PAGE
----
Digging for goodwill in SA mining deals

Digging for goodwill in SA mining deals

WHY are mining companies averse to the creation of goodwill on an acquisition? A common response to this question is that goodwill is something found when acquiring a corner shop, because when you buy a corner shop you do not gain many assets; perhaps the building and some inventory. However, you would pay probably a multiple of earnings for that business. So the difference between what you paid and the fair value of these assets is goodwill. This concept is understood and accepted.

But in a mining company? No, it is not possible. What do you buy when you buy a mine? Yes, there are surface assets, some sort of processing plant, some buildings, perhaps some stockpiles and some stores. There are the shaft system and equipment, and these are all-important, expensive to replace. But what you are really buying is primarily two things: the mineral resource ”” this is irreplaceable; and the hole in the ground. In deep-level mines, this is very important because it costs billions of rands to get to 4km underground, whereas for shallower mines, it is not as critical.

So people say that if you value the hole in the ground and the mineral resources, well, then all there is to be valued has been covered and there cannot be goodwill. ”What goodwill?” they say. There seems to be a fear that if a mining company creates goodwill on a transaction, the market will see it as having overpaid. There cannot be any goodwill like the corner shop which has loyal customers. Here there is none of that. So if you end up with goodwill, what else can it be than having overpaid? Or, so the market says.

Accounting standards have come a long way and the changes during the past 10 years have been phenomenal. Accountants and auditors spend hours trying to stay up to date and on top of all these changes and developments. It is therefore not surprising that the market in general is perhaps not so much on top of these developments, and if they see goodwill as having overpaid, then it is time to set the record straight.

IFRS 3 is the accounting standard governing the accounting for ”business combinations”, better known as acquisitions. The standard is a 120-page document which explains how the accounting should be done.

The key concept I want to highlight is that of ”allocating the cost … to the assets acquired and liabilities assumed”. One needs to contrast this with the valuations done when the decision was made to make the acquisition. It is important to understand that it is completely different as the valuations were done for completely different reasons and purposes.

When conducting a valuation to make a decision on a potential acquisition, it is necessary to consider the fit of the target in your current business; whether it gives you diversification or critical market share. It is necessary to consider all synergies from which it is believed you can profit with the acquisition or by combining the acquired company with your operations. You consider your own management and operational expertise that might be able to unlock more value from the operations of the acquired company, or how its management could complement yours.

When it comes to the accounting, you ignore all of these considerations because that is exactly what goodwill is, as intended by IFRS 3, and these factors should not be taken into account when valuing individual assets.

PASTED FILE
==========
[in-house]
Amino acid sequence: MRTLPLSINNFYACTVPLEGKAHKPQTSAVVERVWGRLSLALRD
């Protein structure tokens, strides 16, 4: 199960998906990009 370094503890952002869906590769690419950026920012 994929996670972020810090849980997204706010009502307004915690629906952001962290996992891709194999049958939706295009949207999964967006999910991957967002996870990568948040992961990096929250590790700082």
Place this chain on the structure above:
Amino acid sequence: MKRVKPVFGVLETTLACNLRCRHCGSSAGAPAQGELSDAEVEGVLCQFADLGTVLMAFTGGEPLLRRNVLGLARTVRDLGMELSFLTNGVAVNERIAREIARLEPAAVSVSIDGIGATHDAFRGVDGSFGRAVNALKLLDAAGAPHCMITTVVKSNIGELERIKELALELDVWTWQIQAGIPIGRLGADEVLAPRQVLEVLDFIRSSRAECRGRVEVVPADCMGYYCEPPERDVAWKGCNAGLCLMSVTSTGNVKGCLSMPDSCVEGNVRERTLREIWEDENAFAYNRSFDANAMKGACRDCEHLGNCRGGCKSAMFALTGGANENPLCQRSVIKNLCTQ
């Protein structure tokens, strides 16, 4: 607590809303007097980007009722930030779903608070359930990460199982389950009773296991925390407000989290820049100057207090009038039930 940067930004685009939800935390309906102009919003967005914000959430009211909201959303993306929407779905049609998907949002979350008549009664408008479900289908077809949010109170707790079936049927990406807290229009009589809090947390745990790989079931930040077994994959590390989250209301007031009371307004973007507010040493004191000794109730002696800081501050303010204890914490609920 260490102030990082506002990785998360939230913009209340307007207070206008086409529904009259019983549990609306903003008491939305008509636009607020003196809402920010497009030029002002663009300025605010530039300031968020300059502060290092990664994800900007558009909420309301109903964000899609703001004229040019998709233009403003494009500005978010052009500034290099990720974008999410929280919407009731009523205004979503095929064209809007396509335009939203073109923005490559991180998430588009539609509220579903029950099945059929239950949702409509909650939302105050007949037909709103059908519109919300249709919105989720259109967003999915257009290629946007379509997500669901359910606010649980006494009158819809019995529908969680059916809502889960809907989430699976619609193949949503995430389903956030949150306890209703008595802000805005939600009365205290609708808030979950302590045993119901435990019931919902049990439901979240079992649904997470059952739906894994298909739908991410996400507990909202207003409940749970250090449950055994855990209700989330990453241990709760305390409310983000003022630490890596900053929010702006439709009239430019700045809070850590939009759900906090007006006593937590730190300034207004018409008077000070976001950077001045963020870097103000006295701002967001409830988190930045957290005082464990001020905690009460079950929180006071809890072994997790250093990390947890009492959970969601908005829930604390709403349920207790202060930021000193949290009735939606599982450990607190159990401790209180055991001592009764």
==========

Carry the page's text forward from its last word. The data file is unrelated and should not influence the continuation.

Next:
In terms of accounting, it is necessary to go down to the individual identifiable asset level and evaluate these as standalone, separate assets that will typically result in a lower total value than the enterprise value. As a result, goodwill makes up the rest of the purchase price. So the equipment, processing plant, shaft structure, perhaps specific areas or portions of the mineral resource, are valued separately as standalone assets and not together as a well-oiled unit.

The point is that goodwill represents the coming together of all these assets and making the whole worth a lot more than the sum of its parts.

There are two things with which it is worth taking issue; the first is the word ”goodwill”. This is probably an unfortunate word choice. The second is the problem that it is no longer permissible to amortise goodwill. In the mining industry, where operations do not have an indefinite lifespan, this is a problem. This means one can expect to see fairly regular impairments of goodwill in mining companies going forward; the market should not read such occurrences as evidence of problems, but rather should understand that this is merely the inevitable ”depletion” of some of the benefits the company saw when goodwill was initially recognised.

For example, a mining group with 20 operations may acquire another which has significant synergies with an existing site. Clearly, that synergy would be included in goodwill, and clearly it will have a finite life, as it will only have a benefit until one or both those operations close. Since it is not possible to amortise this goodwill, it will be necessary to impair it from time to time until it reaches zero at the time these operations close.

It is necessary that analysts and the market understand these very important issues and interpret them correctly. Goodwill in the mining industry is a valid concept.

”–Herbst is partner, industrial products, at Ernst & Young.

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